School Food Policies Can Improve Current, Future Student Health
Providing free fruits and vegetables and limiting sugary drinks in schools could have positive health effects in both the short and long term, according to a new Food-PRICE study led by researchers from the Friedman School of Nutrition Science and Policy at Tufts University in Boston.
Childhood is a key time to develop attitudes toward food and nutrition and potentially lifelong eating habits. School food policies seek to provide and/or encourage healthful food choices during the school day, from offering students free fruits and vegetables outside of standard school meals to outlining limitations on the availability, portion sizes, or sales of sugary drinks.
"Standards such as Smart Snacks in School have largely eliminated sugary drinks in US public schools, but potential effects on obesity in children or long-term health are not known. Also, elementary schools in low-income neighborhoods often have free fresh fruits and vegetables programs, but these have not been expanded to other elementary, middle, or high schools; and potential long-term health effects have not been evaluated," says senior author Dariush Mozaffarian, MD, DrPH, dean of the Friedman School.
The study, recently published in PLOS ONE, used a comparative risk assessment model to estimate the impact that implementing national food policies in US elementary, middle, and high schools could have on dietary intake and BMI in children and what cardiometabolic disease outcomes might be influenced in adulthood.
"As children consume more than one-third of their daily meals and snacks in school, having policies focused on healthy food options in school is important. What we need to know is how these policies are changing food choice, nutrition, and health," says Katherine L. Rosettie, MPH, first and corresponding author of the study.
Fruits and Vegetables
The researchers estimated that a provision for free fruits and vegetables would lead to an increase in habitual fruit consumption across school-age children over a period of one to two years, as follows:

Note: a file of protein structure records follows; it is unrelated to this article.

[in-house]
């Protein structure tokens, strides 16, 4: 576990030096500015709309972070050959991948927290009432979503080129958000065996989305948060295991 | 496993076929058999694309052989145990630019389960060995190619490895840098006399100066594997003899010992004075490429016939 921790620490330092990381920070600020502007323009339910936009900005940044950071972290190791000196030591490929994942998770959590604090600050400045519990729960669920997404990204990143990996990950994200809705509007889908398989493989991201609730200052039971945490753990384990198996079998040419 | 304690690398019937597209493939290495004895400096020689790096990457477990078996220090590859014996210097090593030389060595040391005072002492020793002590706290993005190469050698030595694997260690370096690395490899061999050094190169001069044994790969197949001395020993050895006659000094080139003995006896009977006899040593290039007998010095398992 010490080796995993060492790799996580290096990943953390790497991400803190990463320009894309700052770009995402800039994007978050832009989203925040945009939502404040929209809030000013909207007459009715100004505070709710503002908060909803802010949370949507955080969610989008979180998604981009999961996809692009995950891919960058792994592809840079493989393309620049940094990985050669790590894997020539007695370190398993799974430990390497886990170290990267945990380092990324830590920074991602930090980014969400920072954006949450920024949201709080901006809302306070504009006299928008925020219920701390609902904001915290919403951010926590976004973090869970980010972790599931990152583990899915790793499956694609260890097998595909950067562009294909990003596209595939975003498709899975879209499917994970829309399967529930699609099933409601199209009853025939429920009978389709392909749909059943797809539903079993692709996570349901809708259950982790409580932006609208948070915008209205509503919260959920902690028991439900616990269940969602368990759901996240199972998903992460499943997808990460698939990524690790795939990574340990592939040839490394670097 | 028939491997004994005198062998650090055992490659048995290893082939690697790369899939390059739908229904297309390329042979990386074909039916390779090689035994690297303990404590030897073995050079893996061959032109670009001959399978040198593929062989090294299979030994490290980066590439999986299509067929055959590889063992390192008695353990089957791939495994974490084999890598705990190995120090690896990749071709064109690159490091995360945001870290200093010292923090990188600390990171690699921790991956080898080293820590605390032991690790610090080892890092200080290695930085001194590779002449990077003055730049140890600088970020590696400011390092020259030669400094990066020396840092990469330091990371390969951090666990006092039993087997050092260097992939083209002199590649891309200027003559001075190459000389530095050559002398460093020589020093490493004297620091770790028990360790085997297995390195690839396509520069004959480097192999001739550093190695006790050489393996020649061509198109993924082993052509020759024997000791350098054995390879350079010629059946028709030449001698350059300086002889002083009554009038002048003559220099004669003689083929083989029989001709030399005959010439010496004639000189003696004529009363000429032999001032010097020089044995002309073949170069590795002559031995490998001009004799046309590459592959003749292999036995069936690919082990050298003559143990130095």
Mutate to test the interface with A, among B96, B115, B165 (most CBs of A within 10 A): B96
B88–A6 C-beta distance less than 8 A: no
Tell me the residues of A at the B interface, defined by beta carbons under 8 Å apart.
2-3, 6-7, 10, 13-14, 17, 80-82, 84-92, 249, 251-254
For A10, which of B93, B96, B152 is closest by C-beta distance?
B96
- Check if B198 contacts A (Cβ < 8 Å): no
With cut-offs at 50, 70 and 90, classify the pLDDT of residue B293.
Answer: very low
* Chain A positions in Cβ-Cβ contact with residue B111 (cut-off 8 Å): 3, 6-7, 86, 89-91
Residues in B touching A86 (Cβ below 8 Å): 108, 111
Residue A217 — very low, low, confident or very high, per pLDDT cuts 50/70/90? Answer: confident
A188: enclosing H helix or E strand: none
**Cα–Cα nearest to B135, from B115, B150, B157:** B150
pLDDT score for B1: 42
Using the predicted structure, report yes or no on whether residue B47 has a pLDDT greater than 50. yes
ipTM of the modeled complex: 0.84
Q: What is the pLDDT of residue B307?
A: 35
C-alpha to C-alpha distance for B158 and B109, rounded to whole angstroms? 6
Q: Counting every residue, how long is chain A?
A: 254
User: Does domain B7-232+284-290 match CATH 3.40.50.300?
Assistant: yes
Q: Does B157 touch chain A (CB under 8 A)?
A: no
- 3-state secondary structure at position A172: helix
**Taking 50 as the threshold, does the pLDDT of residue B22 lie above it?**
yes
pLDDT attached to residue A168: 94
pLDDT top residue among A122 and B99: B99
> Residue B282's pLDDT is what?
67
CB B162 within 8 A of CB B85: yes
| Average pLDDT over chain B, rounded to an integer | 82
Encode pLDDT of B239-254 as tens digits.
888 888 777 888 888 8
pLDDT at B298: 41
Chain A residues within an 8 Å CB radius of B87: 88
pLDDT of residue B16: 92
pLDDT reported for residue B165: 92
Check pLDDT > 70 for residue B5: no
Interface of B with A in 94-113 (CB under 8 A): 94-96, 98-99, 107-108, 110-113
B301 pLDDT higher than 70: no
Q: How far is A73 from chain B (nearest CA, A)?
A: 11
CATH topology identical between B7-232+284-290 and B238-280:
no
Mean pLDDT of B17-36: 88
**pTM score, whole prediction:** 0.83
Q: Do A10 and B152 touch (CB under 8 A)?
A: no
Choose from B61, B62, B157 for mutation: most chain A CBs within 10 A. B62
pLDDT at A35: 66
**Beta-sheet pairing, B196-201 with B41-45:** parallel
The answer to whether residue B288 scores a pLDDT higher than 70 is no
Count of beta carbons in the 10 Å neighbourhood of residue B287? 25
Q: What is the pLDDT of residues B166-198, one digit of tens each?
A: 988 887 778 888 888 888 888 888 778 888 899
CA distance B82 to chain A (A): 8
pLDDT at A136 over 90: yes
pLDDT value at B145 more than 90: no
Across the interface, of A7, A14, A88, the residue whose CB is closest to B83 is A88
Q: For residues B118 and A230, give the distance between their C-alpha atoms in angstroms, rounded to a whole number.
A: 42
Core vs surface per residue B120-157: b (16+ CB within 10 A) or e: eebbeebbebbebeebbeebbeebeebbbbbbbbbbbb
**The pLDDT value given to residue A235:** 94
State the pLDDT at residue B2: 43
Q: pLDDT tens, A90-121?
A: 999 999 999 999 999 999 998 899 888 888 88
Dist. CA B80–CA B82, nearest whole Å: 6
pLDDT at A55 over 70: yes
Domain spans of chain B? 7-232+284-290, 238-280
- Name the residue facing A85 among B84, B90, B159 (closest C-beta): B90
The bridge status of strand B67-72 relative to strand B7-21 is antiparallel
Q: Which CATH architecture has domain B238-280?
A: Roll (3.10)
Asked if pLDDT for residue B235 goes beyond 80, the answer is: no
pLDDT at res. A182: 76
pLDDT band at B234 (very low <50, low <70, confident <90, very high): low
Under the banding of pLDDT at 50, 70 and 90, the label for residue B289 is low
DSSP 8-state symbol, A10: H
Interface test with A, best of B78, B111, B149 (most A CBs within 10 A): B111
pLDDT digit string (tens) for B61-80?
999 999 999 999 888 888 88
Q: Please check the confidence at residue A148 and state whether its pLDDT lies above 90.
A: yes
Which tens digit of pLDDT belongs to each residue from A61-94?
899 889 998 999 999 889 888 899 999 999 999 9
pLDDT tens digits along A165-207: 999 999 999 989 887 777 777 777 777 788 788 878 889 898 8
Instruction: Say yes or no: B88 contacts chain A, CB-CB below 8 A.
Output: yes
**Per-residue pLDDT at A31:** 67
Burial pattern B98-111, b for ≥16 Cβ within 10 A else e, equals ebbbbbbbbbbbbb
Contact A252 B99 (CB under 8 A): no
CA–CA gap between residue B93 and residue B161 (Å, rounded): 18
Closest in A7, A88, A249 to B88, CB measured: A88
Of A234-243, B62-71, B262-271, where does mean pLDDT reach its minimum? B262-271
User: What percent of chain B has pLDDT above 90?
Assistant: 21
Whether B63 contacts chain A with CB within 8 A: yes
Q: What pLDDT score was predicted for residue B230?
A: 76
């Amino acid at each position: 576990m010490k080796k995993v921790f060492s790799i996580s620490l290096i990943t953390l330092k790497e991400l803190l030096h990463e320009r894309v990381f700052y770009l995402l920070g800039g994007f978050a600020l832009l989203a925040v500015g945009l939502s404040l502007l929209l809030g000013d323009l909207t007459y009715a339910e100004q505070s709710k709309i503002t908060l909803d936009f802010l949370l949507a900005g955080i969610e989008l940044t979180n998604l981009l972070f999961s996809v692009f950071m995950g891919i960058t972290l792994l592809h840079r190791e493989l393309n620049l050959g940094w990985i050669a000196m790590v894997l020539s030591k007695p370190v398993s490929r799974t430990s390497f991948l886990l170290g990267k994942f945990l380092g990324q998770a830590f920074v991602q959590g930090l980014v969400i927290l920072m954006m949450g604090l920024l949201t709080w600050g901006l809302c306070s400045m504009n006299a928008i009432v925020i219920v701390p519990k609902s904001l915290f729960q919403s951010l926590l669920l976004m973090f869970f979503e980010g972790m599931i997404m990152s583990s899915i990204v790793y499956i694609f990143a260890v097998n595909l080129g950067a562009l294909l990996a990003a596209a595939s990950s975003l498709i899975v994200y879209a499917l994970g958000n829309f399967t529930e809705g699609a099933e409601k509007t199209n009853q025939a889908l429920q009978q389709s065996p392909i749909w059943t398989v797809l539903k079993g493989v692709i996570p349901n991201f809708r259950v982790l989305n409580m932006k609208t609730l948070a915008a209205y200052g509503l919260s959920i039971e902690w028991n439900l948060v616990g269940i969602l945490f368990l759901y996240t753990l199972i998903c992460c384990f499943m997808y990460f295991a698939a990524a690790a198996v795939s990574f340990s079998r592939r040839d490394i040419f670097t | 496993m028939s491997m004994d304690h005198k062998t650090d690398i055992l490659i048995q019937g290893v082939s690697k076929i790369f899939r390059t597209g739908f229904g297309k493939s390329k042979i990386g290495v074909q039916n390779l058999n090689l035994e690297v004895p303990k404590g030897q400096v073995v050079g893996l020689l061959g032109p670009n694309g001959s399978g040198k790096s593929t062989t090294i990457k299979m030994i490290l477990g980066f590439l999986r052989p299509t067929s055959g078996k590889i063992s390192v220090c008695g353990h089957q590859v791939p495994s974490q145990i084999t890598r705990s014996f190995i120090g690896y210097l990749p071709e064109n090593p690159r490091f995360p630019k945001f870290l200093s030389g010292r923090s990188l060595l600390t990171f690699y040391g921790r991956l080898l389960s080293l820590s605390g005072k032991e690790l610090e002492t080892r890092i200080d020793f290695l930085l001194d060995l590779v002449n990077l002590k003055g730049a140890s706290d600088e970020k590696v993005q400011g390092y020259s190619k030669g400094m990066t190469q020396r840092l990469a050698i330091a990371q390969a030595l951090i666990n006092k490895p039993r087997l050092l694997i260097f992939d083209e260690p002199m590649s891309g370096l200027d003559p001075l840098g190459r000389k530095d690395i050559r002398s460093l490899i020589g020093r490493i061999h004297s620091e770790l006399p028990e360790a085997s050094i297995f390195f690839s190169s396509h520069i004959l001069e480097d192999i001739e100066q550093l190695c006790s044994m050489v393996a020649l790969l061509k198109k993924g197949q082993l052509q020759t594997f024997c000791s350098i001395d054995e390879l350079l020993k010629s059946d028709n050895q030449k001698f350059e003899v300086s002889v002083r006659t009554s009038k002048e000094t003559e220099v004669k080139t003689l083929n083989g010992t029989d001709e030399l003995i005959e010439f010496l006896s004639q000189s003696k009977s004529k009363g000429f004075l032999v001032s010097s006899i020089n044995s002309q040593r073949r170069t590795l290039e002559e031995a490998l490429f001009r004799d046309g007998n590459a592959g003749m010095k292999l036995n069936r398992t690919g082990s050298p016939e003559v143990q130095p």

• 17% increase for children in elementary school;
• 22% in middle school; and
• 25% in high school.
A limitation on sugary drinks would decrease habitual consumption and have a modest effect on BMI across school-age children, according to the authors, as follows:
• 27% decrease in consumption and 0.7% decrease in BMI for children in elementary school;
• 19% and 0.5% in middle school; and
• 15% and 0.5% in high school.
In analyses including the potential effects of a national fruits and vegetables provision on BMI, the researchers estimated an additional 0.1% reduction.
If such school food policies had been implemented when current adults were children, the researchers estimated that a provision for fruits and vegetables would increase fruit intake of these adults by 19% and vegetable intake by 2% and decrease consumption of sugary drinks by 24%. If they had been implemented together, the researchers estimate that the free fruits and vegetables provision and limitation on sugary drinks would prevent more than 22,000 adult deaths per year due to heart disease, diabetes, or stroke, or 3% of total annual cardiometabolic deaths. Reduced consumption of sugary drinks was estimated to have the largest impact, averting more than 14,000 adult deaths per year.
In addition to health outcomes, understanding the dietary and nutritional effects of existing policies also may help estimate the potential impact of their expansion or repeal.
"Identifying the benefits of school food policies helps to inform how to enhance these programs as well as the potential for harm if they were to be weakened or cut," Mozaffarian says. "Our findings suggest that eliminating sugary drinks and providing free fruits and vegetables in schools has small effects on obesity in childhood but real potential for meaningful long-term health benefits into adulthood."— Source: Tufts University